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About David Lilliebridge

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Acupuncture Research and Evidence Based Practice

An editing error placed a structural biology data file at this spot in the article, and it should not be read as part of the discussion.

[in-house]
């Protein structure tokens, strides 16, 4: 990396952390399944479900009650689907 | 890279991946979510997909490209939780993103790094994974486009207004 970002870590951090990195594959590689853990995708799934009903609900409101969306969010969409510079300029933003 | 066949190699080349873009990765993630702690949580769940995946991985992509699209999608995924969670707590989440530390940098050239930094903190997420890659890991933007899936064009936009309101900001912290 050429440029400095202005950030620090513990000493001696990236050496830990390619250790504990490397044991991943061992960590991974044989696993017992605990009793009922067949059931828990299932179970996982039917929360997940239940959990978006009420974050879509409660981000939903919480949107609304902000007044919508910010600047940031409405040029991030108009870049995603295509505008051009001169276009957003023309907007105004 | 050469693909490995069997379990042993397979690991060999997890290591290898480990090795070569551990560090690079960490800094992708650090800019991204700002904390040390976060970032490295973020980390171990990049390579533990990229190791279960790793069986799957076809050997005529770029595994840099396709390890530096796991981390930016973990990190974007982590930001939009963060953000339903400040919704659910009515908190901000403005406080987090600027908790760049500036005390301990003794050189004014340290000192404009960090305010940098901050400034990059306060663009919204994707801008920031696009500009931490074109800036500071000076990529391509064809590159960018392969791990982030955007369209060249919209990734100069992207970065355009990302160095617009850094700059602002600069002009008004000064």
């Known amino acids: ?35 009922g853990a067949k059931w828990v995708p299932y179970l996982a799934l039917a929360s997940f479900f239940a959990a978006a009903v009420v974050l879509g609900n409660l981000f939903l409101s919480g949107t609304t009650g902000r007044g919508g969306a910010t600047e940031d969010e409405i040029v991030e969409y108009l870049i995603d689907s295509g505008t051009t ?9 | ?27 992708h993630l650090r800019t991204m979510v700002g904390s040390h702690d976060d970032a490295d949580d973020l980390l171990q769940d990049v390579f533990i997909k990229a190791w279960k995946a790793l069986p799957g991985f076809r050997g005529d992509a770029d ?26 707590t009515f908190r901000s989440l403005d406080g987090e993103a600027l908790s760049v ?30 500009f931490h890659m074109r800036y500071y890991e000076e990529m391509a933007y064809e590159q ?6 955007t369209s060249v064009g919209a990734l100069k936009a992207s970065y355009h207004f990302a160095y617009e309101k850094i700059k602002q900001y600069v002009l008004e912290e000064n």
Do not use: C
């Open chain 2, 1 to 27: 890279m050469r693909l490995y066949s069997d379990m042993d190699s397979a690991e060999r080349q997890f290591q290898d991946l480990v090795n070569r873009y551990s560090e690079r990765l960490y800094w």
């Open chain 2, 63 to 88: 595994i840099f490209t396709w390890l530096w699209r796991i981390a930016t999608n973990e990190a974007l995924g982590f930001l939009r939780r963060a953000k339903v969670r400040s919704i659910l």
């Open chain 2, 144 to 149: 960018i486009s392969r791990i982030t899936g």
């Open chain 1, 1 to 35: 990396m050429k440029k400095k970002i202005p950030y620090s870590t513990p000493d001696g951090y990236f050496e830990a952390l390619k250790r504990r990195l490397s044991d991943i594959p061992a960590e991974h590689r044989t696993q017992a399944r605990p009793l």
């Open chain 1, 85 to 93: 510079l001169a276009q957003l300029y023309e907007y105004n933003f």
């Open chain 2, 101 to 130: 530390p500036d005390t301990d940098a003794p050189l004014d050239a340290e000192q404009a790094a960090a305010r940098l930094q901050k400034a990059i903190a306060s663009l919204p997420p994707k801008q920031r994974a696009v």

One of the great pleasures in my professional life is exploring and reading the latest research articles available on acupuncture and Traditional Chinese Medicine. In 2017, a systematic review of the latest research into acupuncture was updated by Dr. John McDonald and Stephen Janz as part of the Acupuncture Evidence Project – A Comparative Literature Review(1). This review was written about by Mel Hopper Koppelman, DAC,  MSC, MSC in his article, “Acupuncture: An Overview of Scientific Evidence” on the page, Evidence-Based Acupuncture(2). This article highlights the fact that research on acupuncture is being produced at a rate twice that of that other conventional biomedical modalities in the past twenty years. There have been more than 13000 studies performed during this time period involving some 60 countries. That is an amazing number and hundreds of these studies are made up of meta-analyses which summarise many of the studies performed on humans and animals. The outcomes of all these studies highlight the fact that acupuncture and its effectiveness is more than the placebo effect and that it is not only useful for just musculoskeletal pain. The Acupuncture Evidence Project found some evidence of effect for 117 conditions. Some of these conditions had stronger evidence than other conditions and, that under the care of highly trained practitioners, is considered safe and cost-effective. Just a few conditions mentioned to have positive effects from the reviews of systemic reviews of acupuncture include allergic rhinitis, knee osteoarthritis, migraine prevention, headache (tension-type and chronic), post-operative pain and post-operative nausea and vomiting. There is also evidence for potentially positive effects for conditions such as acute low back pain, acute stroke, anxiety, perimenopausal and postmenopausal insomnia, plantar heel pain, constipation, and sciatica to name just a handful. In my clinical experience acupuncture has assisted many people with varied health conditions and the mounting evidence supports this experience. Over the next few months, I will be releasing individual articles discussing evidence for individual conditions that acupuncture commonly treats.   The Acupuncture Evidence Project – A Comparative Literature Review 2017 – Acupuncture.org.au. 2017;:1–81.http://www.acupuncture.org.au/OURSERVICES/Publications/AcupunctureEvidenceProject.aspx https://www.evidencebasedacupuncture.org/acupuncture-scientific-evidence/#foot_text_17841_1